Canada is Larger than China

In 1848, Ueno Shunnojo-Tsunetari (a Japanese trader based in Nagasaki) imported Japan’s first daguerreotype camera from Holland. The following year, the camera was obtained by Shimazu Nariakira, a Japanese feudal lord (daimyo) who ruled the Satsuma Domain from 1851 until his demise in 1958. Shimazu was renowned as an intelligent and wise lord, and noted for his great interest in all forms of Western technology.

Having obtained the camera, the daimyo ordered his retainers to study it and produce working photographs. One of these retainers was Ichiki Shirō (市来 四郎). Ichiki had previously excelled in the study of gunpowder production, which involved an understanding of chemistry. Due to this background, Shimazu believed Ichiki’s background would suit him for the challenge of mastering the creation of daguerreotypes – which entailed use of chemical treatments to develop the final image.

Due to his complete lack of formal training in photography and in how to use the camera, it was many years before Ichiki produced a quality photograph. To the daimyo’s delight, on September 17, 1857, Ichiki succeeded in creating a portrait of Shimazu dressed in formal attire. Ichiki recorded his struggles, and eventual triumph in mastering the camera, in his memoirs which he compiled in 1884.

After Shimazu’s death in 1958, the Terukuni Shrine (also referred to as Shōkoku Shrine) was built in Kagoshima as a memorial to the late daimyo. He was enshrined there in 1863, and the photograph was placed there as an object of worship. However, it later went missing in the 1800s.

After being lost for a century, the daguerreotype was discovered in 1975 a warehouse. Recognized as the oldest daguerreotype in existence that was created by a Japanese photographer, the photo was designated an Important Cultural Property by the Japanese government in 1999.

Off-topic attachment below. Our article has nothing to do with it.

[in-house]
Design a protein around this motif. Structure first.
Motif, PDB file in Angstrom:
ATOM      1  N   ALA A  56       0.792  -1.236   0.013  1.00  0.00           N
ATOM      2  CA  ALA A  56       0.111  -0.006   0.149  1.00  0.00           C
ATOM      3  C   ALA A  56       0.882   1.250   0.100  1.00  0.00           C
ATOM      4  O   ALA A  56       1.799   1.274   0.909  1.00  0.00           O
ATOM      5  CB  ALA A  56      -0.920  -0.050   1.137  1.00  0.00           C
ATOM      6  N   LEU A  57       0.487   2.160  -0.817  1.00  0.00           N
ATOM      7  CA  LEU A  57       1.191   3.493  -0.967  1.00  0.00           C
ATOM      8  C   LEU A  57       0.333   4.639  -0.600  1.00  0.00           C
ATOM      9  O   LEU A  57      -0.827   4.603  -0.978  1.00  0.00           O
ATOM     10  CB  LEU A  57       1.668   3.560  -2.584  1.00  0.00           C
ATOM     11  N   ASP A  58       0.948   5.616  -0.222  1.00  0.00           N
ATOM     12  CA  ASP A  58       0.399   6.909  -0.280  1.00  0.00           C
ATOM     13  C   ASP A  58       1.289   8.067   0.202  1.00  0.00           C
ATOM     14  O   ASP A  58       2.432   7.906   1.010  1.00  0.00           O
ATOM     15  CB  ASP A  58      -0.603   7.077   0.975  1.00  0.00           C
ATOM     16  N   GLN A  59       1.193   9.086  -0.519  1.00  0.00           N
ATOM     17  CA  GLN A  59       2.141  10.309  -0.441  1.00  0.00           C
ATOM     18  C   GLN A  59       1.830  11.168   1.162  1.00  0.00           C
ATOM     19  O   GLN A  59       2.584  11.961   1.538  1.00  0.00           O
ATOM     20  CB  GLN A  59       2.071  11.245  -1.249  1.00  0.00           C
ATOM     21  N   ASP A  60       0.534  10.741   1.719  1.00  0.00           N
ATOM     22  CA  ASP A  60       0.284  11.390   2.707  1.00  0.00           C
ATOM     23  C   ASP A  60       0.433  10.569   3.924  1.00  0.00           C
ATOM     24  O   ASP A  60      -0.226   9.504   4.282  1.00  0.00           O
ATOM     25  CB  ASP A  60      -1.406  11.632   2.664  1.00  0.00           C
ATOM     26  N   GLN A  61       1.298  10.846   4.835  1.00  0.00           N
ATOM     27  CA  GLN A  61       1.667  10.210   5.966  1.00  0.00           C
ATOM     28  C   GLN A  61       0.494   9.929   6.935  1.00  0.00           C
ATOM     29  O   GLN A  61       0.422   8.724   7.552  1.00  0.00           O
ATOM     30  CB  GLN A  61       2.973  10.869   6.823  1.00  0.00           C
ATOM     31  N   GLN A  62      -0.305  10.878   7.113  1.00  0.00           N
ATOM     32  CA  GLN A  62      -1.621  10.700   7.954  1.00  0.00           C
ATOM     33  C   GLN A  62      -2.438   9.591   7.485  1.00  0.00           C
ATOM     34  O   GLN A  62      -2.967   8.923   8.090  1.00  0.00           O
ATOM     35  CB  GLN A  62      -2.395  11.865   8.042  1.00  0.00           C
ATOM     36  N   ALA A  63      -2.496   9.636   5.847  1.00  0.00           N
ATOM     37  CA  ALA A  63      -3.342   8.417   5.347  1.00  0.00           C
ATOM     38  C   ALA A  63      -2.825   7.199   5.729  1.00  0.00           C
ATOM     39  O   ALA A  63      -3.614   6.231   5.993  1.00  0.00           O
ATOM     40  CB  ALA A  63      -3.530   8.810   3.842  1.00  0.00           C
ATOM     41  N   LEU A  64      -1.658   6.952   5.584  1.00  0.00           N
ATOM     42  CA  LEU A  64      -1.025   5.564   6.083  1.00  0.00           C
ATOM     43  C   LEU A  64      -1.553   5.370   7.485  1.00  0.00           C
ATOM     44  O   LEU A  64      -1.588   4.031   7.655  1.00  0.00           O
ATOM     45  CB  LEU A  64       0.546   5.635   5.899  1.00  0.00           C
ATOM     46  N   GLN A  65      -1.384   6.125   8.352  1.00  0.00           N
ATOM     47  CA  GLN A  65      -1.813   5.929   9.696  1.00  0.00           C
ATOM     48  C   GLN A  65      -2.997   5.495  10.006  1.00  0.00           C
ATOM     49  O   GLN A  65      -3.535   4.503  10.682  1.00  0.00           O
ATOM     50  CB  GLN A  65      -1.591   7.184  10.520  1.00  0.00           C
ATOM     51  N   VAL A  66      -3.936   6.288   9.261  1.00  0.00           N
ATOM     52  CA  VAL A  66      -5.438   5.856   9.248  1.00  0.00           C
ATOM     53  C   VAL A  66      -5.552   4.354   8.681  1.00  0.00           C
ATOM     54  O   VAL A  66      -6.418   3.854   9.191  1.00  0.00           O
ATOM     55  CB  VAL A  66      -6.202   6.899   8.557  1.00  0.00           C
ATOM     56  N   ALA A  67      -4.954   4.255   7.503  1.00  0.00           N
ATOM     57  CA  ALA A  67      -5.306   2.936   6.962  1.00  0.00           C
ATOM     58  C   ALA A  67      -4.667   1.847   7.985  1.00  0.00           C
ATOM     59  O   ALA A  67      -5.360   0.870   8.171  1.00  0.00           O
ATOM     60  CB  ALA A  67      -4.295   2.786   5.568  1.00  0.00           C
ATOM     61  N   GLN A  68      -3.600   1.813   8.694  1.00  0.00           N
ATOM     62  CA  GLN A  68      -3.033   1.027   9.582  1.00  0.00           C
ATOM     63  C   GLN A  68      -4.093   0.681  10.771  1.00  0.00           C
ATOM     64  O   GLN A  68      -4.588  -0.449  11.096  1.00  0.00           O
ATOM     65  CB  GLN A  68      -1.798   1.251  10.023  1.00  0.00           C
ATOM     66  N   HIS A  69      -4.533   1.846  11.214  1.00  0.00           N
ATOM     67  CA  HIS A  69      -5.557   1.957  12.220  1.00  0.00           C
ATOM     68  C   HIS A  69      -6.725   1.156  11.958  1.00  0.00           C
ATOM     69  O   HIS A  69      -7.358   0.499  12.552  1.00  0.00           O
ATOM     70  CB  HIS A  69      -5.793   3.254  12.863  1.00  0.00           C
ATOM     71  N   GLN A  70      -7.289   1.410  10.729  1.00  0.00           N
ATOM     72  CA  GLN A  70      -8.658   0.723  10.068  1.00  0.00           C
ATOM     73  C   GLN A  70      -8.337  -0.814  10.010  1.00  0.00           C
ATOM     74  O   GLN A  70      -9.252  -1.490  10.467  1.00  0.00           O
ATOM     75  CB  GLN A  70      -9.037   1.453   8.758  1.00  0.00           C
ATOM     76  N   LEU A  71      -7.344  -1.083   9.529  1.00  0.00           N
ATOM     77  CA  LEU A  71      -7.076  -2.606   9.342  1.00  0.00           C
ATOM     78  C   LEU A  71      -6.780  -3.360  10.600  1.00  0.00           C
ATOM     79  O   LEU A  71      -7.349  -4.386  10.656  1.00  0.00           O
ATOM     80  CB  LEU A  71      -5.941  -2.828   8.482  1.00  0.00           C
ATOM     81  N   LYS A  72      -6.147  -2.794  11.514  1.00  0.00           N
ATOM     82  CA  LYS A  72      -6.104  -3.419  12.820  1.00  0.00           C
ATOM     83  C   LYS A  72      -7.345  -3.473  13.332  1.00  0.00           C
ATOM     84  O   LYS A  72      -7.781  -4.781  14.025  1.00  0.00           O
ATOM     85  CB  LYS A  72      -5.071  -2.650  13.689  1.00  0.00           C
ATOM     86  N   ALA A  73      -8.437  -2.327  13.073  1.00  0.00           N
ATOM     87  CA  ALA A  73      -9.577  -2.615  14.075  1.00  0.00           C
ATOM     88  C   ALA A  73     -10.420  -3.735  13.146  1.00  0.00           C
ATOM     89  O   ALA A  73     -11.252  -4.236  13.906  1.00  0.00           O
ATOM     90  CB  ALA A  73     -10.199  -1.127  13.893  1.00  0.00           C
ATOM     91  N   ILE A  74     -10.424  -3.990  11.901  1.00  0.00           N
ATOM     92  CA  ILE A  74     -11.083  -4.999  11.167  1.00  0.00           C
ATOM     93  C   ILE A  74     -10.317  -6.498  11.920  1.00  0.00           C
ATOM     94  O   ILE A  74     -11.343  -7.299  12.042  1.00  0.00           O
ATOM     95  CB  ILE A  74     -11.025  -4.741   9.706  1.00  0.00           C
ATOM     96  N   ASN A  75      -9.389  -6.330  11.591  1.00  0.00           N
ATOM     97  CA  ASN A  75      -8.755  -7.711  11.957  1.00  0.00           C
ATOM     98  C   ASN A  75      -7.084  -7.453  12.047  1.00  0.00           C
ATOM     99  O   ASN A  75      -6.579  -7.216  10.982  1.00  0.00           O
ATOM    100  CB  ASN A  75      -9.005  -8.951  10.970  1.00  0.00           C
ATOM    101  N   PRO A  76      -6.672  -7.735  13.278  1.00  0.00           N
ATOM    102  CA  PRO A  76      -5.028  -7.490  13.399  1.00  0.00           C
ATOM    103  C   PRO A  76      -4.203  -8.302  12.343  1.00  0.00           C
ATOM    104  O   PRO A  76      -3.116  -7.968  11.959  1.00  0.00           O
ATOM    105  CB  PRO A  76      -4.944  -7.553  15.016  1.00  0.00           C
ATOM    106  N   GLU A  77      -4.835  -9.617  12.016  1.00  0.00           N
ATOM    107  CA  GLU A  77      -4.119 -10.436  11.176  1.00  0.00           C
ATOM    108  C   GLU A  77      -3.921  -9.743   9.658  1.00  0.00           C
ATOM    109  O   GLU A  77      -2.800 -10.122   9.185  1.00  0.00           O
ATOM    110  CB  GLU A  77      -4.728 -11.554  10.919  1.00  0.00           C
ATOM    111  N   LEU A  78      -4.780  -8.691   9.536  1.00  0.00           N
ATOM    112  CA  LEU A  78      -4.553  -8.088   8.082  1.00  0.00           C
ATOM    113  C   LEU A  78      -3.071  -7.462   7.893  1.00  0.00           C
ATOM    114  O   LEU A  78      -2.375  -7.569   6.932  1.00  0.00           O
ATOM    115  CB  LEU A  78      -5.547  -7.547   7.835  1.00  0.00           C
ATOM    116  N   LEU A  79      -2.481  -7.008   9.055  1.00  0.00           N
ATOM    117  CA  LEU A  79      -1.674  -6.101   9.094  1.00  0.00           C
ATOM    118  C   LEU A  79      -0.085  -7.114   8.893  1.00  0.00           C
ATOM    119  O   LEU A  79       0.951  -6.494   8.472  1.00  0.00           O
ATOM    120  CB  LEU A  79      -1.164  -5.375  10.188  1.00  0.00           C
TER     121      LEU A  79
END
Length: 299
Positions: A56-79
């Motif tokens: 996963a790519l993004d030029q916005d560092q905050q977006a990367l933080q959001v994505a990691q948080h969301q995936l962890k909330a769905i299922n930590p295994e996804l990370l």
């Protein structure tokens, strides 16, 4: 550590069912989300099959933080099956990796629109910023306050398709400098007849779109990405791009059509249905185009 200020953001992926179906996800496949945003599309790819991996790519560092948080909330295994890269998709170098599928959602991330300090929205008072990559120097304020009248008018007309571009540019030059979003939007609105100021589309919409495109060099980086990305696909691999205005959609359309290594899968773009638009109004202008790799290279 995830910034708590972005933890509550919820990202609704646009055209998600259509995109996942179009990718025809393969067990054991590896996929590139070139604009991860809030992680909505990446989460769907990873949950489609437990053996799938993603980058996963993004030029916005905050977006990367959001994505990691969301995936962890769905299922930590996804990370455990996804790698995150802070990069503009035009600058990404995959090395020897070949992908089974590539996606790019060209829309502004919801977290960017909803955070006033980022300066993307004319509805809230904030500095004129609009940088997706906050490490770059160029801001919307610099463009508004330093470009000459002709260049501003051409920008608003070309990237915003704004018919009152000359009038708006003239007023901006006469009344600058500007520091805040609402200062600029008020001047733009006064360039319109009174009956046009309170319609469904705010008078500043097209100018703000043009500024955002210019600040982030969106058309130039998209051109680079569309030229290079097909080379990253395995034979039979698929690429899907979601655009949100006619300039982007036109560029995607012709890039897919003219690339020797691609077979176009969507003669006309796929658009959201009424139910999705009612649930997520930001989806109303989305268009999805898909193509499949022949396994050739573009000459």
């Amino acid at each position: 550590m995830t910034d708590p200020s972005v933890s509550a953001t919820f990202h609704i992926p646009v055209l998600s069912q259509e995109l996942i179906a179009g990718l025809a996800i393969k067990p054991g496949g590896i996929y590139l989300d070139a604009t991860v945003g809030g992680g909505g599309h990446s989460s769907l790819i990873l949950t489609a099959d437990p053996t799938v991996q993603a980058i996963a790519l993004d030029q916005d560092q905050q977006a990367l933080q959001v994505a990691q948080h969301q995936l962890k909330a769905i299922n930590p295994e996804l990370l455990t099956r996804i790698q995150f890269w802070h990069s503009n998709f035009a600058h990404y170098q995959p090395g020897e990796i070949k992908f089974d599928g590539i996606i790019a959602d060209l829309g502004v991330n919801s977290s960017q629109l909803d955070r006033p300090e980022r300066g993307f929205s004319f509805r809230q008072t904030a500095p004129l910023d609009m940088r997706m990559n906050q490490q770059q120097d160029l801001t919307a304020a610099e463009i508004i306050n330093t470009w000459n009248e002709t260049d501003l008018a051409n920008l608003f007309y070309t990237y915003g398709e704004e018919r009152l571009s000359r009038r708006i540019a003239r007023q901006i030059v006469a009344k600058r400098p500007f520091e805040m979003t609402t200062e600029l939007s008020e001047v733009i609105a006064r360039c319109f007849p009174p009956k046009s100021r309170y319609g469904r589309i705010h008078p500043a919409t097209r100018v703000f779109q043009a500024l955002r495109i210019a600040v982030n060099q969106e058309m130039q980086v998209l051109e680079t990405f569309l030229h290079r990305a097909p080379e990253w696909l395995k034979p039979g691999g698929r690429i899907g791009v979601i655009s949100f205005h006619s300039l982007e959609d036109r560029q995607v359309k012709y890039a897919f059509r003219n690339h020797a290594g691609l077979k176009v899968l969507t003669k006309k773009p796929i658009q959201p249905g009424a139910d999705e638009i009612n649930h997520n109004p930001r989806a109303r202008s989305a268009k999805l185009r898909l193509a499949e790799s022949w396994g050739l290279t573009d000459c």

In 2006 the population of Nigeria was 140 million, in 2012 it's 170 million. 30 million increase in half a decade and yet India is growing at an even faster rate.
In 2018 it's 197 million (UN figures) or 203 million (US embassy figures). Passing the 200 million mark along with China, India, United States, Indonesia, Brazil and Pakistan. US numbers are better.

Nigeria's 60 million increase in 12 years is third largest, behind only to India which had an increase of 204 million in the same time, and China which had only a 76 million increase. Or put in another way Nigeria and China nearly had the same increase with Nigeria having only a tenth of the population base.

In 2012 humans reached 7 billion people and 1 Mudcat and in 2025 they will reach 8 billion, only 13 years of a difference.

:littleboy:
 
In 1848, Ueno Shunnojo-Tsunetari (a Japanese trader based in Nagasaki) imported Japan’s first daguerreotype camera from Holland. The following year, the camera was obtained by Shimazu Nariakira, a Japanese feudal lord (daimyo) who ruled the Satsuma Domain from 1851 until his demise in 1958.

After Shimazu’s death in 1958, the Terukuni Shrine (also referred to as Shōkoku Shrine) was built in Kagoshima as a memorial to the late daimyo. He was enshrined there in 1863, and the photograph was placed there as an object of worship. However, it later went missing in the 1800s.

After being lost for a century, the daguerreotype was discovered in 1975 a warehouse.
Died in 1958 or 1858? This should have occurred to the writer given the other dates and (s)he made the same mistake twice. Unacceptable.
 

Mudcat

Yer goddamn right!
Municipal elections are coming up. One of the incumbent councillors in my area is named Brad Butt. So I see Brad Butt signs all over town as I drive around. Just standing at my window, I can see two Brad Butt signs.

Butt.

:maersksealand:
 

Mudcat

Yer goddamn right!
The world keeps changing though. Doing my regular brain exercises, I was going through the world capitals - in this case it was giving the country and I have fill in the capital - and this came up: eSwatini.

Exactly like that. Small e, capital S. The country name is eSwatini.

Never hearda ya pal.


(Apparently that's what Swaziland now calls itself. Looks like it is sometimes spelled (translated?) more conventionally: Eswatini. Either way I guess. Now I know.)

(Mbabane remains the capital.)
 

Mudcat

Yer goddamn right!
Sri Lanka keeps going back and forth on their capital. Well, I doubt anything is happening in Sri Lanka; it's probably just one of those things where there is more than one capital; like one is administrative and one is legislative or whatever; South Africa actually has three capitals.

It just depends what the author of the quiz decides to use. With Sri Lanka, sometimes it's Colombo and sometimes it's Sri Jayawardenepura Kotte.

As a guy trying to remember and type it, I prefer Colombo.

:handshake:
 
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